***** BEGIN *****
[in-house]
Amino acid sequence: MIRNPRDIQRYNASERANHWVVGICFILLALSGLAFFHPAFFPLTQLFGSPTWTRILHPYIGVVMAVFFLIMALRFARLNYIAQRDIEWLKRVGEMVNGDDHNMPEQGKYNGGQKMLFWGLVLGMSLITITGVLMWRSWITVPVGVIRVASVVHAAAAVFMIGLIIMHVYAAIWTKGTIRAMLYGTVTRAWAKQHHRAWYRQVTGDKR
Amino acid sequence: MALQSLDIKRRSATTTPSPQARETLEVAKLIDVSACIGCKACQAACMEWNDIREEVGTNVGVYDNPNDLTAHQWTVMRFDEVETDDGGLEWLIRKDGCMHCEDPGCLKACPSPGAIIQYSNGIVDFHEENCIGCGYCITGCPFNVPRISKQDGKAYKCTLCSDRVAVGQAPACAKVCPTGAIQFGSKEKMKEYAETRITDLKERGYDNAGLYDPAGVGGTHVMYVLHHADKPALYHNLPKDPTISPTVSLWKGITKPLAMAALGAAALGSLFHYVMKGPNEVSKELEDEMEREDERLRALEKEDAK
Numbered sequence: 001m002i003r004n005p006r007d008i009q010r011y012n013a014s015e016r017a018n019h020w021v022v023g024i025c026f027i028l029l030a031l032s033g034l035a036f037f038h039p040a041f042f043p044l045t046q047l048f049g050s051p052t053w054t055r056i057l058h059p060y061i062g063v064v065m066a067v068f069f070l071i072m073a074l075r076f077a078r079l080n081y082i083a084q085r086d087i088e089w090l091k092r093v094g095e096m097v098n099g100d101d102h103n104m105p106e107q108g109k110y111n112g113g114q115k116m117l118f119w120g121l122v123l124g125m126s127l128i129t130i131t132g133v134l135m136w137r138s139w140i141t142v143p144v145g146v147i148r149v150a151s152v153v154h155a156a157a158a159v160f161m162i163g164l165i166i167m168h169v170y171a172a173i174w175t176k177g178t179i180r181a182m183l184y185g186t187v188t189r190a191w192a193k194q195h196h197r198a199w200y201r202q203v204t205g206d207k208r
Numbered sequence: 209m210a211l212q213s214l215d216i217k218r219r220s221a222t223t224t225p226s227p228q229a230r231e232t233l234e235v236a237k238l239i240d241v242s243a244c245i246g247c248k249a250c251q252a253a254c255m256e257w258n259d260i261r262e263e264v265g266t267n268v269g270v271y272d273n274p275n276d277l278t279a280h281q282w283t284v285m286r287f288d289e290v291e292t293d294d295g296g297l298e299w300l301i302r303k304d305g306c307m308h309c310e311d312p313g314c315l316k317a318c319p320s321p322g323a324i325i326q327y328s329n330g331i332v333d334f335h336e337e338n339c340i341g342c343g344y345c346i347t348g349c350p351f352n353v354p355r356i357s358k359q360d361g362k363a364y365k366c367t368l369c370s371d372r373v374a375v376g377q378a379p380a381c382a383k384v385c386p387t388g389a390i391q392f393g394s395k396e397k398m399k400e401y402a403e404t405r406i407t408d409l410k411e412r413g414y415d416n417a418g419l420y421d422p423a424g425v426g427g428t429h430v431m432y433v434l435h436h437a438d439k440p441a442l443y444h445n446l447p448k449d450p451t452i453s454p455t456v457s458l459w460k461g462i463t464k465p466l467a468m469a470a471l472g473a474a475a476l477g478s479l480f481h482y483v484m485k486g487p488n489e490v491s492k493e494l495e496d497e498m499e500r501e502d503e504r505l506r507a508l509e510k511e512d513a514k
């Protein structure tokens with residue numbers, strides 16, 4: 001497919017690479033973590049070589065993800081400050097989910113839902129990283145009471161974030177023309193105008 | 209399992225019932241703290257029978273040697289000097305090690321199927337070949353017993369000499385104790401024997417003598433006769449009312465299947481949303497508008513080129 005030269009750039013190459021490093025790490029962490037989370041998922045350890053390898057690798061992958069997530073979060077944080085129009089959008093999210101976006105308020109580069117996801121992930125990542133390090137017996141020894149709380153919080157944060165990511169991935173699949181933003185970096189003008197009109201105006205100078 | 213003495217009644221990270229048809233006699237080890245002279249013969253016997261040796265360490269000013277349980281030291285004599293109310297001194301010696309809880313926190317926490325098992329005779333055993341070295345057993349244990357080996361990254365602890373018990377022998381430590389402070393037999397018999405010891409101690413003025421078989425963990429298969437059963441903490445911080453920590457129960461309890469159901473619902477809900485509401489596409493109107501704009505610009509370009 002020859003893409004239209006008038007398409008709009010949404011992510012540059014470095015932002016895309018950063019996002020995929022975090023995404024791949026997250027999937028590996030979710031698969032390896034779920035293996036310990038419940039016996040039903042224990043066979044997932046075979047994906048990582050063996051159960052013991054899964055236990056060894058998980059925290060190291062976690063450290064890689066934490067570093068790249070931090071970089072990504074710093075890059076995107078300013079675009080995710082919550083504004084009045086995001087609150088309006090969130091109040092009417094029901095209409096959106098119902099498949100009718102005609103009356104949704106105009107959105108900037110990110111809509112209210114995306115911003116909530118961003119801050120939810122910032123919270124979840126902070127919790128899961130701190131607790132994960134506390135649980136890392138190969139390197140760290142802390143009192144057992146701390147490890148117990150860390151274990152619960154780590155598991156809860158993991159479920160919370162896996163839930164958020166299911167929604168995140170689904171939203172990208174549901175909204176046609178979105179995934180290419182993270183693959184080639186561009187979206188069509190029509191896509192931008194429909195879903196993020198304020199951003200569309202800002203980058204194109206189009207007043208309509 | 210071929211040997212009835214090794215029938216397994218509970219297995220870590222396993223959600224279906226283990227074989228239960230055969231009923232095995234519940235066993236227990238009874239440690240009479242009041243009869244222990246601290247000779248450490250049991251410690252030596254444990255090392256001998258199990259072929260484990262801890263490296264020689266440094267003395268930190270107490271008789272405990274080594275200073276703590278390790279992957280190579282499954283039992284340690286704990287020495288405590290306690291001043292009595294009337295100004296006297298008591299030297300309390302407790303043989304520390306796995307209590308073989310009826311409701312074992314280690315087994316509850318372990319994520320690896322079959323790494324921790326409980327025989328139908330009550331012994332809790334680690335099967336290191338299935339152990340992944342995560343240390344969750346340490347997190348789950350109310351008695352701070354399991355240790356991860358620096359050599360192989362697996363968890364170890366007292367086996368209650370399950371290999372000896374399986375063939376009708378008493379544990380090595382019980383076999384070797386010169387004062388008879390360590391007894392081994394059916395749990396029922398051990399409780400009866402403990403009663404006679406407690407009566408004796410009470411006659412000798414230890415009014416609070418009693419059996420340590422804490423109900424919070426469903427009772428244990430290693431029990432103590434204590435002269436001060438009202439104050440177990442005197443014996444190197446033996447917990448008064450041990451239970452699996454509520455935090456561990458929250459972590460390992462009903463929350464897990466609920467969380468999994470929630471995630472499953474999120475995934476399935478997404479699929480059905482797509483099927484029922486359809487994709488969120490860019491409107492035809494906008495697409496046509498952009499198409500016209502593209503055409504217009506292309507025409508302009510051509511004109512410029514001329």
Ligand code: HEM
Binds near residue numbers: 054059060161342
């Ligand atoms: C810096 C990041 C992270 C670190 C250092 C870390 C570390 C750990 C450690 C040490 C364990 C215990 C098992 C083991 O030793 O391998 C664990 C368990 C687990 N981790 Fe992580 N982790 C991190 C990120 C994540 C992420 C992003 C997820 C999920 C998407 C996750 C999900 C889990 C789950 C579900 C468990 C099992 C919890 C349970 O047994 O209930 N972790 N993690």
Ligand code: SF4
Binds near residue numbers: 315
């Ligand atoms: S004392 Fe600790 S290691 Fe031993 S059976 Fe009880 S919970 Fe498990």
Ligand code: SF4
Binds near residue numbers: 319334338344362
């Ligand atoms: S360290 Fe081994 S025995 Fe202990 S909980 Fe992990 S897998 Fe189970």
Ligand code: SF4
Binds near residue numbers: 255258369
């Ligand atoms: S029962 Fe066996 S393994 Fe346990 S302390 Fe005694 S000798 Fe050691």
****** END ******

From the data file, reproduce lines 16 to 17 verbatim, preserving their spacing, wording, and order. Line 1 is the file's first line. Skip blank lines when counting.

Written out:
Ligand code: SF4
Binds near residue numbers: 255258369